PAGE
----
Just yesterday he sobbed before me, despairing that Life could get better. Now he flashes a smile that seems both to fear and to dare Fate’s vengeance for his hopeful hubris.

“So many meds, so much therapy, all these years—and after two hours, I feel a calm I’ve not felt in years. Seriously?”

Nothing up my sleeve, I only reply, also smiling, “Seriously.”

Grand Opening

I still recall Dr. Hook’s The Cover of the “Rolling Stone,” my generation’s lament over what it takes to get noticed around these parts. What lyrics might have been spawned had BuzzFeed, The Daily Kos, and YouTube then been available?

Sean Azzariti, cannabis activist, twice-deployed Marine with PTSD, got his notice as he made his purchase of Colorado’s finest Bubba Kush yesterday, before God and all news outlets, as the cries of hurrah and humbug began wafting their way around the globe.

If only I could decide which way to waft.

Intoxicants are dangerous. There are successful PTSD treatments.

Yet the existence of treatments does not entail their availability. Sadly, even the available is sometimes the incompetent.

“Bird’s ready to land, green light’s on,” the soldier tells me. “You see it in each other’s eyes, no need to talk, the fear, Death. I still see them, those eyes.”

No hymn to weed here. But I see those eyes, too, of the so-called living.

So many eyes. So much to be done.

Amicus Optimus

“Diamonds Will Safeguard the Next Generation of US Soldiers,” Mashable announced on my Facebook page, assuring me, as only the “top resource” of “digital culture” can, that (at least for now) we may have the “upper hand” in the battle over our soldiers’ bodies. The subtitle said it all: “Looks like diamonds aren’t only a girl’s best friend anymore.”

I hope so.

“He was my best friend,” the soldier told me today through his tears, he who had nearly sacrificed his own life to save his buddy’s, only to find himself too late, yet right on time for the grenade that should have killed him as well.

But didn’t.

“I hear their cries, Doc,” he whispered to me, “his, the other guys’. I should have gone down with them. It’s not right, Doc, not right.”

Will War no longer penetrate soldiers now, sixty years after Marilyn cooed her way through that bevy of tuxedo-clad charmers, or will otherwise gentle men (and women) prefer not blondes, but rather one more chance, please, God, to get to him, to her in time?

I keep scrolling down my Facebook page and can only pray that Hope is more than a gem in the Smithsonian or a barrier for bullets, that hope will whisper a soldier comfort tonight in the voice of his best friend.

1K a Day

So much has changed in the past year. There could have been so many words.

So how about a challenge to myself: although I will continue to write longer essays, each day I will try to write no more than 1000 characters about my life, my thoughts, my emotions concerning the men and women whom I have the privilege to serve. Perhaps I will reflect on a particular person, a blog post, an article, a news item, who knows.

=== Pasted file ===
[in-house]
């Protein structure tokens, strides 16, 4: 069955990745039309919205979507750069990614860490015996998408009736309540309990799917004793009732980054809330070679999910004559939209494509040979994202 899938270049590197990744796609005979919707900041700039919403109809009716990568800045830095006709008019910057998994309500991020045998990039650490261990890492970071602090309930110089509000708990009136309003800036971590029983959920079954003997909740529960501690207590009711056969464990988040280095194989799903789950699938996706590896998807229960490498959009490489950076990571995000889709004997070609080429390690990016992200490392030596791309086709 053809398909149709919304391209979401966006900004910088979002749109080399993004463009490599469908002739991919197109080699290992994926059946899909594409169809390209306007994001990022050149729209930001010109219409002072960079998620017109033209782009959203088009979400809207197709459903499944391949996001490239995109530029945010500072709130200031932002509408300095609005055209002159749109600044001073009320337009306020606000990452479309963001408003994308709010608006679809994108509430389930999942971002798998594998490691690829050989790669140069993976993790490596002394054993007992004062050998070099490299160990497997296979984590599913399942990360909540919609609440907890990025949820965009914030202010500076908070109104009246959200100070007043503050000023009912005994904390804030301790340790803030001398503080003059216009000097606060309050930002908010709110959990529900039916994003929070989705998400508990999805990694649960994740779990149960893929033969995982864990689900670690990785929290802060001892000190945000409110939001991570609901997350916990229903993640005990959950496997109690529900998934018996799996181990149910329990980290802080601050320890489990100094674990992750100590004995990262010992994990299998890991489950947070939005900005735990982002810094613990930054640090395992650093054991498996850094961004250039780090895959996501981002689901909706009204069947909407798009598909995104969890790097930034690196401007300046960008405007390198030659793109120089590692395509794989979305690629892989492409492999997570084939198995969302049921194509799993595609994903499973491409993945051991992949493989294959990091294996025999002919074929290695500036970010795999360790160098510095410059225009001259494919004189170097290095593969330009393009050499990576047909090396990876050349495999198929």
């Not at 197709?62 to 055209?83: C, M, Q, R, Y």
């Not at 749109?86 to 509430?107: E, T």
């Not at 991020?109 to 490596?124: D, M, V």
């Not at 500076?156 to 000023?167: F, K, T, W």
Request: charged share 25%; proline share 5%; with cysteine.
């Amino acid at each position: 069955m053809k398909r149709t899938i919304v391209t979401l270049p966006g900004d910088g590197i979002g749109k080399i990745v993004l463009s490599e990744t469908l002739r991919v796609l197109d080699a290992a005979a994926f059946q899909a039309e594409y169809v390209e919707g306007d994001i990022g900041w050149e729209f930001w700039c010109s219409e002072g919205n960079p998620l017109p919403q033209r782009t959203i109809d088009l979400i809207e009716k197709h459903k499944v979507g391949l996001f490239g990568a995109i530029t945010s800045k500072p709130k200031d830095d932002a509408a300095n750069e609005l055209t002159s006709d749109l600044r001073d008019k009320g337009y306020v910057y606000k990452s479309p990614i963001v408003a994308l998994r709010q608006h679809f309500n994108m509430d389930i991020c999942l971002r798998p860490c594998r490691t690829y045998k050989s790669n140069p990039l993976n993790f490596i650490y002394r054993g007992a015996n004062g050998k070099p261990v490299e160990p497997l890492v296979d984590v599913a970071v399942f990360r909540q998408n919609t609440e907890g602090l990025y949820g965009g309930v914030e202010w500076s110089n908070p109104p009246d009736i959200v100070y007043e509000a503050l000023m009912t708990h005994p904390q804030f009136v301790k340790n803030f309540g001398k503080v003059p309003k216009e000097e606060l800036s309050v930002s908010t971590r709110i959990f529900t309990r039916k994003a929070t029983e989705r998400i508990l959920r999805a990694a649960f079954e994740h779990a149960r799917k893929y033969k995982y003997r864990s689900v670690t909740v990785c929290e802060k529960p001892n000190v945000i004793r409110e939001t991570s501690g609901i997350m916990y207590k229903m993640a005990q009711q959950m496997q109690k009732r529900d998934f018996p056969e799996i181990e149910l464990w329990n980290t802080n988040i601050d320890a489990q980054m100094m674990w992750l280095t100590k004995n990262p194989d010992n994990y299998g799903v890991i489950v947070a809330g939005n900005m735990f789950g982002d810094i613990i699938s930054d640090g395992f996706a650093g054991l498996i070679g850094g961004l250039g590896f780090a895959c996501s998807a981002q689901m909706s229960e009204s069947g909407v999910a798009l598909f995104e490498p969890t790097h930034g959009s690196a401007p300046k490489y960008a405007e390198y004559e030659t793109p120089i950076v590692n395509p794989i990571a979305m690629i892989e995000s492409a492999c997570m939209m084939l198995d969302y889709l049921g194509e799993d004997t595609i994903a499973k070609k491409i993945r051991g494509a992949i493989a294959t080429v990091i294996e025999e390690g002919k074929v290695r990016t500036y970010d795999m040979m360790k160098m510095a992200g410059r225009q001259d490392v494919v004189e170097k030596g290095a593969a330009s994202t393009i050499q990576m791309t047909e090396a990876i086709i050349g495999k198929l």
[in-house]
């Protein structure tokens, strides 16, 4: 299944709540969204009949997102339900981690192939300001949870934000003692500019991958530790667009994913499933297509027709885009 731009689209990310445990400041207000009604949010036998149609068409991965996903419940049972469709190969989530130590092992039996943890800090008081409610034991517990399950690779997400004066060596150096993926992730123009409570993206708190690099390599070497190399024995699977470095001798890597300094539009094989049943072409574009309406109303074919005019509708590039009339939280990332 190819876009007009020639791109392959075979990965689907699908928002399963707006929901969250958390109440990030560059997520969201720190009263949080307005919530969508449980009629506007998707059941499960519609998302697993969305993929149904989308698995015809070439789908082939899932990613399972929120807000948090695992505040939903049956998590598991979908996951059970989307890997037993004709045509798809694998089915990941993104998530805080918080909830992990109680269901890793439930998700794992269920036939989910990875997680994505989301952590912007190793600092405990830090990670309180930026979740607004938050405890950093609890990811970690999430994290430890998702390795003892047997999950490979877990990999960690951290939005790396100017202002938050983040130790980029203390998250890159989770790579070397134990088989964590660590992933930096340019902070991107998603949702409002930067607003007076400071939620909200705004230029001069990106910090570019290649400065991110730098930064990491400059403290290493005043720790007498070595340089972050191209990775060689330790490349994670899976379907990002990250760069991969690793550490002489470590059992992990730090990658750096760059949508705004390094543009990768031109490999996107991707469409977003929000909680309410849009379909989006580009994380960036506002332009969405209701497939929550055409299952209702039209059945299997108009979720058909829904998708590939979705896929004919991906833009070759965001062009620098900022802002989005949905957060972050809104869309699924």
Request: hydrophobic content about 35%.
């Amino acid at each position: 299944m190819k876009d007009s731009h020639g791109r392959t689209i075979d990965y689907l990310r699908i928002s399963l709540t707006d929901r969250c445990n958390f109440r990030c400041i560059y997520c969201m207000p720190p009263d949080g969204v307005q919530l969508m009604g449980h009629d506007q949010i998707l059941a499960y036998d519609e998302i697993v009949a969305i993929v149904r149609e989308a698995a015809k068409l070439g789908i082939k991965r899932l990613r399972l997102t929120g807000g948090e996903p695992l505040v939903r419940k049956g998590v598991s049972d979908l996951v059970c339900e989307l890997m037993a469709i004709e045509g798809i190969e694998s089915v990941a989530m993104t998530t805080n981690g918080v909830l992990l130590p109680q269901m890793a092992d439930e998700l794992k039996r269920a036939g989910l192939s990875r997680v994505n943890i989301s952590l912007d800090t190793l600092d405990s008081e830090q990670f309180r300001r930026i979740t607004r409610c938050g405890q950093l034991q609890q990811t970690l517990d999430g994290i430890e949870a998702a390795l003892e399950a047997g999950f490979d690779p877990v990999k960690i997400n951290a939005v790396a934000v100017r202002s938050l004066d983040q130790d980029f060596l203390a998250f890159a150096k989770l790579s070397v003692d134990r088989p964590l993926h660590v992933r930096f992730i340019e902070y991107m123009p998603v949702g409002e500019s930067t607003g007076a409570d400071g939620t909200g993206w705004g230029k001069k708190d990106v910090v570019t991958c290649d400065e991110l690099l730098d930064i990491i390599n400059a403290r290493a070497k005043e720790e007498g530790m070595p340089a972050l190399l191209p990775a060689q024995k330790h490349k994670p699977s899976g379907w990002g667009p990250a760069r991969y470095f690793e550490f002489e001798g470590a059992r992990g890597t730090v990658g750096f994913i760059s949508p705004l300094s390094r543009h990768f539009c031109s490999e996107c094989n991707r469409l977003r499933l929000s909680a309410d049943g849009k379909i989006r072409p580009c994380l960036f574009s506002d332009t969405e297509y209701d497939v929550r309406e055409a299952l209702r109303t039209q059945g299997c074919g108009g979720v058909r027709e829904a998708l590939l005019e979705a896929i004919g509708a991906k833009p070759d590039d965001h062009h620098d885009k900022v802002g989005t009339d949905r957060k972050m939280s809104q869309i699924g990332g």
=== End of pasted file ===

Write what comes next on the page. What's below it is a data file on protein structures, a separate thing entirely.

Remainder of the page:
“Talking around Robin Hood’s barn” was what my father always used to call it, i.e., my propensity for prolixity. Great word, prolixity. My wife just rolls her eyes, kindly reads what I write, and then hits the Like button on Facebook. God bless her.

There is a time for prolixity. There is a time for conciseness. Many of the soldiers I serve are persons of few words. Perhaps it’s time I give their way a try. After all, there’s always tomorrow.

736 characters. Not bad for a start.

Editors’ Pick of the Year 2013, Best of WordPress: Thank You!

Yesterday afternoon, I received an email referring to the following blog post:

This week, our editors dove into the archives to find and rediscover notable posts published this year on WordPress.com, from nonfiction to poetry, and photography to illustration. These posts have been especially resonant to us and the community, and represent the diversity of voices of our users all over the world. . .

Even as he displayed that puckish smile over and again, he also displayed a certain resolve, a certain protector-warrior sense, even if only in glimpses, that reminded us all—that reminded him—that he was still ready for duty, ready to assume a role that he loved, ready to face again, if necessary, a violence that would perhaps destroy him, but that would not—would not—destroy those whom he loved.

Rod Deaton is a psychiatrist with an extensive background working with military troops and combat veterans. His blog, Paving the Road Back, offers a glimpse into the work he does, as well as the lives of the brave men and women who’ve served the US military. Always crafted with care, his stores are poignant, like this post on “Ethan,” who became hooked on opiates after suffering a traumatic brain injury while serving in the Middle East.

To the editors, to my readers, and especially to the men and women I have the privilege  of serving: all I can say is “Thank you.” At the end of the day, writing is simply the opportunity to relish in words those at whom I continue to marvel—those whom I honor—in deed every day: combat veterans who were willing to face the unforgiving ambiguities of War not for some abstract idea of the  Nation-State,  but rather for those whom they loved, those at home and those at their very sides.